Monday 10 December 2018

Teenage strops and belly flops cut no ice in world of top level diving

thecouch@independent.ie-

Andrea Chiarabini and Giovanni Tocci of Italy in action. Photo: Reuters
Andrea Chiarabini and Giovanni Tocci of Italy in action. Photo: Reuters

Tommy Conlon

The way to make a splash in competitive diving is not to make a splash at all. We know this because, following on from the hockey last weekend, I've become an overnight expert in another niche sport.

The inspiration for this latest crash course in a discipline I knew nothing about was a 16-year-old girl I'd never heard of; but there she was, live on the telly last Wednesday, representing Ireland at the European Championships in Edinburgh.

Her name is Tanya Watson. They told us it was her first ever senior international competition; that she was the youngest competitor there; that she'd come seventh in the European junior championships a month before; that she'd finished 12th in the World juniors less than a fortnight before; and that she had qualified out of the preliminary rounds earlier that morning.

So there she was, on her senior international debut, competing with 11 other athletes for a major medal. Watson grew up in Southampton and trains at her local diving academy. She is qualified to represent Ireland through her Derry grandmother and made the decision to do so last October.

All 12 contenders would have five dives each in the final. Theirs was the 10-metre competition. Ten metres is over 32 feet; they hit the water at speeds touching 35 miles per hour; they climb to the platform via a spiral staircase that itself looks dauntingly high.

The three components of the dive are take-off, flight and entry. Some of them take off by means of a handstand, manoeuvring themselves until they are upside down on the edge of the platform. The flight involves all sorts of twists and somersaults in "tuck" and "pike" positions. The entry should be perfectly symmetrical and vertical; it should generate minimal water turbulence.

Each of the five dives would have to contain different gymnastic elements. Some of the dives would be more complicated than others, gaining higher marks from the judges if executed properly.

Our tutors for the afternoon were the BBC commentators Katherine Downes and Leon Taylor, an Olympic medallist in 2004. It was Taylor who told us that Watson's entry on her second dive had been "a little bit cast", meaning, we think, that she was slightly tilted as she torpedoed into the water. Nevertheless she was in sixth place after two rounds. After three, she was in fifth. "Neat and tidy," was his verdict after her third effort, an inward two and a half somersaults in the pike position, apparently. "One to watch for the future," added Downes. "Tanya Watson of Ireland, remember that name."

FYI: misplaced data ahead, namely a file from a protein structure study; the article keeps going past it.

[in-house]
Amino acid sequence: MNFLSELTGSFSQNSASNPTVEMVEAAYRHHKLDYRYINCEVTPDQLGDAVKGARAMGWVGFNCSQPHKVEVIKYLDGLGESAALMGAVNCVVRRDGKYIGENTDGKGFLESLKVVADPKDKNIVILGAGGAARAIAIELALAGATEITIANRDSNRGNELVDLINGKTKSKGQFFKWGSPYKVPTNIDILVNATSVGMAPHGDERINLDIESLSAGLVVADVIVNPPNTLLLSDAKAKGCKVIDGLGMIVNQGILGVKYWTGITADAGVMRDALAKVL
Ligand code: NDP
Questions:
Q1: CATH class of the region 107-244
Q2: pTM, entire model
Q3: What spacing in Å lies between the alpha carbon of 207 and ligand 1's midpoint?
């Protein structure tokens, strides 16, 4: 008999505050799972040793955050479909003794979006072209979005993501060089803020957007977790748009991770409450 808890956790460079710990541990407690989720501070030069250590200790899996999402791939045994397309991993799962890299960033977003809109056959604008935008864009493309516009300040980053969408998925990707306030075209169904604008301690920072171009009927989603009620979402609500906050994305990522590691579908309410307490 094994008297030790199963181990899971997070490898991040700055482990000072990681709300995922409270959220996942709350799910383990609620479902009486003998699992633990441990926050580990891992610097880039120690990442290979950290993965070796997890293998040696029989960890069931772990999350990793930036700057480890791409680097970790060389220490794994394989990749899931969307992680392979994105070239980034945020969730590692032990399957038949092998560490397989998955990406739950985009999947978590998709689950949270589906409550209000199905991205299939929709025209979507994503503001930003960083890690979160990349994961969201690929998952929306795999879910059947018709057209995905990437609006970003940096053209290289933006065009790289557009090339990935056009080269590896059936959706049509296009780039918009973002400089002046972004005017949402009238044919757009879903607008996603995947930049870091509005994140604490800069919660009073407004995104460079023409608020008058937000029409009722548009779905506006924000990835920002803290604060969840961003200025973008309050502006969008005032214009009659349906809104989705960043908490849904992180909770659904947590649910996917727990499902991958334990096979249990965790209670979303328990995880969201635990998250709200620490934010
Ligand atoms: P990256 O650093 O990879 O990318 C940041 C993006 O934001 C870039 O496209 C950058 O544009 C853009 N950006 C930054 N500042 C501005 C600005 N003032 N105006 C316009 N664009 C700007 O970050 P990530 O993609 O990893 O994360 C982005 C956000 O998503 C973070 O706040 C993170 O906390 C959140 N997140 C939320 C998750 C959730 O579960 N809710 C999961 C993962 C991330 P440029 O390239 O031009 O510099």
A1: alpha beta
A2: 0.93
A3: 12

The judges, like the commentators, were unforgiving on any technical discrepancies. Another 16-year-old, Sofiia Lyskun from Ukraine, was the early leader. But she was penalised for the entry on her second dive. "Not straightening out," explained Taylor, "you can see her backside sticking out and water being thrown up in every direction." An Italian diver lost points for "helicopter feet . . . toes coming apart, ankles apart, shouldn't really see that."

Then poor Sofiia was automatically deducted two marks by every judge before making her third dive at all. In attempting to assume the handstand position, she lost balance and aborted the manoeuvre. She got it right the second time but it was too late. Them's the rules but they seemed a little bit harsh, given that it's hard enough for most people to do a handstand in the middle of a meadow, never mind on the edge of a 30-foot cliff.

Happily she nailed her fifth attempt, leaving just a tiny dent in the pool as she entered it clean as a spear. "Oh what a dive!" declared Taylor, "that's an absolute pearler of a finish, look at that, not enough splash to fill a teacup."

Elena Wassen, a young German, was having a bad day. When she materialised on the platform for her fourth dive, Taylor reckoned she had a bit of a puss on her. "Do you see her? Do you see that? She looks like she doesn't want to be there now." Sure enough, it did not go well. "You could almost tell by the expression on her face at the back of the diving board. Maybe showing her immaturity, only 17 years old, having a little bit of a teenage strop maybe."

One wouldn't be surprised, if Elena's folks had heard Taylor's comments, that they had a bit of a strop with him too. These young women, after all, are engaged in a frightfully demanding and physically punishing sport. One recent medical report from America found that competitive 10m divers will average 50 to 100 practice dives per day. The impact on shoulders from repeatedly hitting the water at such velocity is painful and potentially damaging. And if a dive goes wrong, one imagines that it can be alarmingly sore on the body in general.

Watson's fourth dive sent her back down the leaderboard. Her fifth, a forward three and a half somersault in tuck position, is her favourite routine apparently, her comfort dive. And she landed it beautifully to finish the competition in seventh. Wassen finished in eighth, Lyskun fourth. Gold, silver and bronze went to athletes aged 25, 30 and 28 respectively. On the day, experience counted heavily in a sport which, like gymnastics, seems to favour athletes closer in age to childhood than adulthood.

Anyway, it was all an education, not least in discovering that Ireland had a young talent who could be world class in a tough and still obscure discipline. We learned, too, that this daughter of the diaspora is a dinger, a topper, a gutsy performer. Watson will be going to the world youth Olympic games in Brazil next October. If she maintains her upward trajectory, we might all learn to cut out the belly flops in the local swimming pool. It's the least we can do.

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